Meet the Inaugural M. Crawford Young Fellowship Fund in African Politics Winner

My name is Irène (E-Ren) Tombo and I am PhD Candidate in Comparative Politics and Political Methodology. I was born and raised in Eastern Congo, specifically, the town of Goma. Prior to attending UW-Madison, I graduated from Johns Hopkins University – SAIS with an MA (2017) in International Economics with concentrations in African Studies and International Political Economy. Prior to attending SAIS, I attended the University of the Incarnate Word where I received a BA (2015) in International Relations with a minor in Political Economy.

I am honored to be the recipient of the inaugural M. Crawford Young Fellowship Fund. I would like to take this opportunity to thank the late Crawford Young’s family and the donors for your generosity in funding the Crawford Young Research Award. Thanks to your donations, I am able to conduct my dissertation research in the Democratic Republic of Congo (DRC).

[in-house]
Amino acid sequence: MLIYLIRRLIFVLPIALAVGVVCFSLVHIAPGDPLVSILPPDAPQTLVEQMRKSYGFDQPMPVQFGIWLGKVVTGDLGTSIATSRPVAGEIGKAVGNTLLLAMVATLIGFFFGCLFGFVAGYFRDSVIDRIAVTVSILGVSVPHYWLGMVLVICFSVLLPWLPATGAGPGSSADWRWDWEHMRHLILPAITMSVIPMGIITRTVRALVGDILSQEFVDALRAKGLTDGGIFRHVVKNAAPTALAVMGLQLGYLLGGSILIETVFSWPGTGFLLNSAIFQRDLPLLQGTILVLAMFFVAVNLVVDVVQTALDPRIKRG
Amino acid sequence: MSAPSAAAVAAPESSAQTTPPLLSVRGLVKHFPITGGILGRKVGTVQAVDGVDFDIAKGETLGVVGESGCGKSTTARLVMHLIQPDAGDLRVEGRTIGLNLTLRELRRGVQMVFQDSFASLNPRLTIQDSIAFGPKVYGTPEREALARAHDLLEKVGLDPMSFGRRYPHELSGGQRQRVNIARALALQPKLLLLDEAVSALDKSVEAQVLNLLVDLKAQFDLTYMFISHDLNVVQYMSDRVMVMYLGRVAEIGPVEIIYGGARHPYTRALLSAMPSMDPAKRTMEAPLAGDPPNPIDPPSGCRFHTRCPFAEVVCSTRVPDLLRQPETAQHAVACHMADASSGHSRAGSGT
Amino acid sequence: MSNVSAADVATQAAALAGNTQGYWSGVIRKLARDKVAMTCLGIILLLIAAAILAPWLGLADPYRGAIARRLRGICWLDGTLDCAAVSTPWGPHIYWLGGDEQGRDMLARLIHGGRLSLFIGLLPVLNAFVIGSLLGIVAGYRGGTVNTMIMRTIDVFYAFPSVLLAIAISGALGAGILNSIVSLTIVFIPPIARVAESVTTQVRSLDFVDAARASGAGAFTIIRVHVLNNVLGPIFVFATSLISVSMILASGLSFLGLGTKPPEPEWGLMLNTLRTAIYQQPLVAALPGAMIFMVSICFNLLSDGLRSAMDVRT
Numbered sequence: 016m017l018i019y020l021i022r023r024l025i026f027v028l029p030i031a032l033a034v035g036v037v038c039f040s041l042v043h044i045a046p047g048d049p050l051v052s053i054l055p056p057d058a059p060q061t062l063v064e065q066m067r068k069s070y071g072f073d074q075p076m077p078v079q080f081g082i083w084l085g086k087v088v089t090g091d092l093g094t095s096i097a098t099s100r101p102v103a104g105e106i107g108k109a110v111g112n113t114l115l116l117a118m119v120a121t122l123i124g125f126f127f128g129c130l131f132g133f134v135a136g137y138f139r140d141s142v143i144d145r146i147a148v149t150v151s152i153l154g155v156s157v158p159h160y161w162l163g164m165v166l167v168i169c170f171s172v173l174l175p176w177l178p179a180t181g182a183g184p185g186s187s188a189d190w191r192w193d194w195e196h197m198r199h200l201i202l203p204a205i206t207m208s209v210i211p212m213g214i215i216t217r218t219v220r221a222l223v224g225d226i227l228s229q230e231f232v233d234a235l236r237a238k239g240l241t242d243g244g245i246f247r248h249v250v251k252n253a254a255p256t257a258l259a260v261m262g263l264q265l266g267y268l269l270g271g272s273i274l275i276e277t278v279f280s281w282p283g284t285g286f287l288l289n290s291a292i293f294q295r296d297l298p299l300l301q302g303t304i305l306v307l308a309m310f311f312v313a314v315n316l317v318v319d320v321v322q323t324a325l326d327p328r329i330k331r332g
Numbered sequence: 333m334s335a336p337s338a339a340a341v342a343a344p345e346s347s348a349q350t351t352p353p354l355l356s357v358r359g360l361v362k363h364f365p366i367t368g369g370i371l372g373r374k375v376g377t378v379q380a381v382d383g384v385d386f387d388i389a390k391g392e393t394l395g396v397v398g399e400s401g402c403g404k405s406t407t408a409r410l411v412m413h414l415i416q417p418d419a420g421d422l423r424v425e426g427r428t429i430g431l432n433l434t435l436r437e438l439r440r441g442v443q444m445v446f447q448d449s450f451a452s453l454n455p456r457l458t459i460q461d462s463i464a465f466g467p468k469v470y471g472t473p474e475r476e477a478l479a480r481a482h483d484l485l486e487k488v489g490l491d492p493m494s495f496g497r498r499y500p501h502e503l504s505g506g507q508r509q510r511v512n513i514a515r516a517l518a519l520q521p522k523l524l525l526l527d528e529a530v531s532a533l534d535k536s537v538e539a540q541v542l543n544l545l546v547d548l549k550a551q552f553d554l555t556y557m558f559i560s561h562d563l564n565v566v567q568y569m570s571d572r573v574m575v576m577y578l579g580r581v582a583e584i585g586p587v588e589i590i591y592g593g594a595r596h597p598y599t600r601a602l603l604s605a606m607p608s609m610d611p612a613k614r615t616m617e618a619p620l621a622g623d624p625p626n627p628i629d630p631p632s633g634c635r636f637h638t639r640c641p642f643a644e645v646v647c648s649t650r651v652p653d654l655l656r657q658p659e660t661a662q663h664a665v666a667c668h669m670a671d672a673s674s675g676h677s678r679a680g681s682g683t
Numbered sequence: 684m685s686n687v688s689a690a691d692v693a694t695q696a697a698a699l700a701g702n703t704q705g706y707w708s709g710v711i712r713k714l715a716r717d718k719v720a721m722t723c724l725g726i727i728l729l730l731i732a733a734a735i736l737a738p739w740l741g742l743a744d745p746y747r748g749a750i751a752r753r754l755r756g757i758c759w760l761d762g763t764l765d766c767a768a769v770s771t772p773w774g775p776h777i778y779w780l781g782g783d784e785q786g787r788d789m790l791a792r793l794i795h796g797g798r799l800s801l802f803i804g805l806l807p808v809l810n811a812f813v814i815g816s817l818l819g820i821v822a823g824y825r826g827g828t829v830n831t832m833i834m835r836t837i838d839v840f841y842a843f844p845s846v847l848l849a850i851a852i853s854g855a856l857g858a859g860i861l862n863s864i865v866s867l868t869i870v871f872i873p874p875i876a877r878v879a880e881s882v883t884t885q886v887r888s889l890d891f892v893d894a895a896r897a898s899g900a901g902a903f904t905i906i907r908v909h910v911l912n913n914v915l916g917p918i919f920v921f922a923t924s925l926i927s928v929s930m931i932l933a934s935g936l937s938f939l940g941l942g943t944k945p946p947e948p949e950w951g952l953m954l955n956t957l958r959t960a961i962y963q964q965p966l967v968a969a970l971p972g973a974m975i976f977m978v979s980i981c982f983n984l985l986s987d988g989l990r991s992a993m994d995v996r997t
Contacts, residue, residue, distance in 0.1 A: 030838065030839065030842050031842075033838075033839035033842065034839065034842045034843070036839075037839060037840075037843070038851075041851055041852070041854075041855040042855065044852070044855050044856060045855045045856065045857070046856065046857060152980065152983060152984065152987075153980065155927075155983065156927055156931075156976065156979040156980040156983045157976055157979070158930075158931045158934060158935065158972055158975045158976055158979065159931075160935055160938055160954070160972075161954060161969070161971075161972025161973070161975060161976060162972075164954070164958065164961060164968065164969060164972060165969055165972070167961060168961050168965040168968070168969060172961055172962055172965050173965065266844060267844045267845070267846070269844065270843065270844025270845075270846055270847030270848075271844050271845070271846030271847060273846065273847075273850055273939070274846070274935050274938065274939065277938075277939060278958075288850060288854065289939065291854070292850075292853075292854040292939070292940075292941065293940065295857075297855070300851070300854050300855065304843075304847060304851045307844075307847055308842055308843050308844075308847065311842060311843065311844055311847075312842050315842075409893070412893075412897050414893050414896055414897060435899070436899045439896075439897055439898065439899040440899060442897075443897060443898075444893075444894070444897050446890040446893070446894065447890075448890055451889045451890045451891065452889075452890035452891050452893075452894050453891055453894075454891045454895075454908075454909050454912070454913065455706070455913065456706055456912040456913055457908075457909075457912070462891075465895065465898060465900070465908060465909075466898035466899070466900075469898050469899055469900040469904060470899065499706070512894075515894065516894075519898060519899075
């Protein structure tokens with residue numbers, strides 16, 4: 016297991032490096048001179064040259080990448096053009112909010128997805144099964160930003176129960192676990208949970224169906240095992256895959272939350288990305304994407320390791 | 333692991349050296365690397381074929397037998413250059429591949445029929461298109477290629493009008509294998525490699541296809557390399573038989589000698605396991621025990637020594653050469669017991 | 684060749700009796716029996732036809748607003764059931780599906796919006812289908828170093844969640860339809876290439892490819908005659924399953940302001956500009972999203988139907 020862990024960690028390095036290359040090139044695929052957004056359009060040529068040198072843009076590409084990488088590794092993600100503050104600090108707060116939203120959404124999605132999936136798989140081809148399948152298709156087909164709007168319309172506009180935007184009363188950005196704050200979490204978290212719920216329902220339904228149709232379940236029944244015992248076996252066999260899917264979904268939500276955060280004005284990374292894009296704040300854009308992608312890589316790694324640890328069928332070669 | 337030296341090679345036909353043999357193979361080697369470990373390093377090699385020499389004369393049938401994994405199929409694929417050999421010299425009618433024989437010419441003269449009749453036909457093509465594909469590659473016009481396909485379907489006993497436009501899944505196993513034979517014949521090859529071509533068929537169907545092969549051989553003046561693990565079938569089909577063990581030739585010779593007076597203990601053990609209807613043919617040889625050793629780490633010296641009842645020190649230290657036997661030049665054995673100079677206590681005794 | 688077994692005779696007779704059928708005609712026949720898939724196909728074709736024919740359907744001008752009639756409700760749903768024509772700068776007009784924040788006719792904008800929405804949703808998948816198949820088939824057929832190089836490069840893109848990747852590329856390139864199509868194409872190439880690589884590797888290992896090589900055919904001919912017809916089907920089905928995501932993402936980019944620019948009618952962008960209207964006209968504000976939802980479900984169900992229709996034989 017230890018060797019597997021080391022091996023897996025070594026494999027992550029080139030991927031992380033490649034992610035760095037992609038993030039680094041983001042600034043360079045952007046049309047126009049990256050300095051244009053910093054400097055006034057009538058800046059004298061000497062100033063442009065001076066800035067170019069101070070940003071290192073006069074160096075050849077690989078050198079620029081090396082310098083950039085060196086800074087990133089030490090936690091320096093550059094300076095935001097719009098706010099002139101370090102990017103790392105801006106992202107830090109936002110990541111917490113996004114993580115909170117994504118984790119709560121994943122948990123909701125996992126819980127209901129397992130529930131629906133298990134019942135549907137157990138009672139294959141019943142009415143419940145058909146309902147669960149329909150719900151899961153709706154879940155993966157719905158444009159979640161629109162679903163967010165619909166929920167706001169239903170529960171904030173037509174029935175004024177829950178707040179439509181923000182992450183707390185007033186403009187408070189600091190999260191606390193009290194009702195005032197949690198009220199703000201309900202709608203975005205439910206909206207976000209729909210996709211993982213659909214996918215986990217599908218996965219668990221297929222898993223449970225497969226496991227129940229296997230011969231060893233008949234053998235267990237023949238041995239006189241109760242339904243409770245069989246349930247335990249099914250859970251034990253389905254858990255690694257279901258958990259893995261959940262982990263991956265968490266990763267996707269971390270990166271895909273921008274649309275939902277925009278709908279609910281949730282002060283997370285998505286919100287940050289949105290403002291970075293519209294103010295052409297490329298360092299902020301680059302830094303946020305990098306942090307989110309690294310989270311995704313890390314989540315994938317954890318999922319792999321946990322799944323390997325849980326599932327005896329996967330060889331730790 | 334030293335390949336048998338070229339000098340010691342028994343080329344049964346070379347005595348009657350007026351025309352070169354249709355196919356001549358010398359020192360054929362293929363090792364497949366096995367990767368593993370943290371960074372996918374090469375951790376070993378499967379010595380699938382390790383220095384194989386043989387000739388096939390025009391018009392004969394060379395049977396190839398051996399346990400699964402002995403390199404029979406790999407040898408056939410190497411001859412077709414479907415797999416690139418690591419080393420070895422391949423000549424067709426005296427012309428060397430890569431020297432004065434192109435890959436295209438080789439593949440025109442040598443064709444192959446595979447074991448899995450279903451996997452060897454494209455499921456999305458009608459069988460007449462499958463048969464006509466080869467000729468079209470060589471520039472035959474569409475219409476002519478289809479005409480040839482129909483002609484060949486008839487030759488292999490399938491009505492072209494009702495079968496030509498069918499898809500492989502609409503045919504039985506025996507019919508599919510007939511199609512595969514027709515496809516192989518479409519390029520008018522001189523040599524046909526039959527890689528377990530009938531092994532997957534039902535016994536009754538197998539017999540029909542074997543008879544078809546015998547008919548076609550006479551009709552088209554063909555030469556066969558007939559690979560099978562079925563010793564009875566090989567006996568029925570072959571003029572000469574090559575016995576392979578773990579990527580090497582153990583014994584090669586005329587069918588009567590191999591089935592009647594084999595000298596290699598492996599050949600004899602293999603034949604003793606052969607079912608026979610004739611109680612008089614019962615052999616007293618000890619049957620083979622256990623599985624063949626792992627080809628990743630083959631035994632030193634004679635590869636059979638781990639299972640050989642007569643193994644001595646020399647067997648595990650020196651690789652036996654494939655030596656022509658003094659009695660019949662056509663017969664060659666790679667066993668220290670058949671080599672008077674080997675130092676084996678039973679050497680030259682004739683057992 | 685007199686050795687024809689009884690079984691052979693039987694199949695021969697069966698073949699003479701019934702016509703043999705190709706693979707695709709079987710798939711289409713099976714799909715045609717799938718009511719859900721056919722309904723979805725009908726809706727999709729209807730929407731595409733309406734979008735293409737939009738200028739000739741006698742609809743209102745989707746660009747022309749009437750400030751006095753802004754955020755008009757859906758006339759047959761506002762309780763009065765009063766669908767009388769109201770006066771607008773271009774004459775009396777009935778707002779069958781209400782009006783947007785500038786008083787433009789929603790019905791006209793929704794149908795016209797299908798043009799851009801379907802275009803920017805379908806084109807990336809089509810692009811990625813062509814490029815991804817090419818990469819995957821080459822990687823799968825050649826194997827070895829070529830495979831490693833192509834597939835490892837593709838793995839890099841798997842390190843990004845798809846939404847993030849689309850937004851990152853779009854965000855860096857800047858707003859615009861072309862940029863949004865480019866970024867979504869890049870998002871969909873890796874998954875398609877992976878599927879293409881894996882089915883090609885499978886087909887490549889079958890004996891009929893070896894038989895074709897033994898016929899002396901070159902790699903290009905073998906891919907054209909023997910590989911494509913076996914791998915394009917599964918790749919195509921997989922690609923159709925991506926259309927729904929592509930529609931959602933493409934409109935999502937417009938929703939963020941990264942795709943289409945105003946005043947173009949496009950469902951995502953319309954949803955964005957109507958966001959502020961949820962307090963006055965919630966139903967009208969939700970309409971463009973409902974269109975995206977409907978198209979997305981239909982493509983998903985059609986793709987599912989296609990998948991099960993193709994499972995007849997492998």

As a 5th year doctoral candidate, the main objective of my research is to analyze ‘state-citizen’ relationships in a context where the state is ‘dysfunctional’. This upcoming Summer and Fall, I intend to carry on with my dissertation research in the DRC. My field research examines the nature of citizenship from a bottom-up perspective in Kinshasa, the capital city of the DRC. I pay close attention to the reality of the lived experiences of Congolese citizens to focus on practices of citizenship in two communes of Kinshasa, Limete, and Bandalungwa. I focus on polities as arenas of citizenship construction and negotiation. I intend to demonstrate how other ways of belonging, engaging, and participating in politics are important to understand for Political Scientists. This is especially important in a context where the state is a ‘dysfunctional’ and remote entity, though not always absent, and other forms of self-making and communities prove more important daily than the national collectivity.

Thank you for supporting me towards completing my dissertation research which lays the foundation for a body of research through my future career as a political scientist of Congolese origin.

Produced by Cecilia Kyalo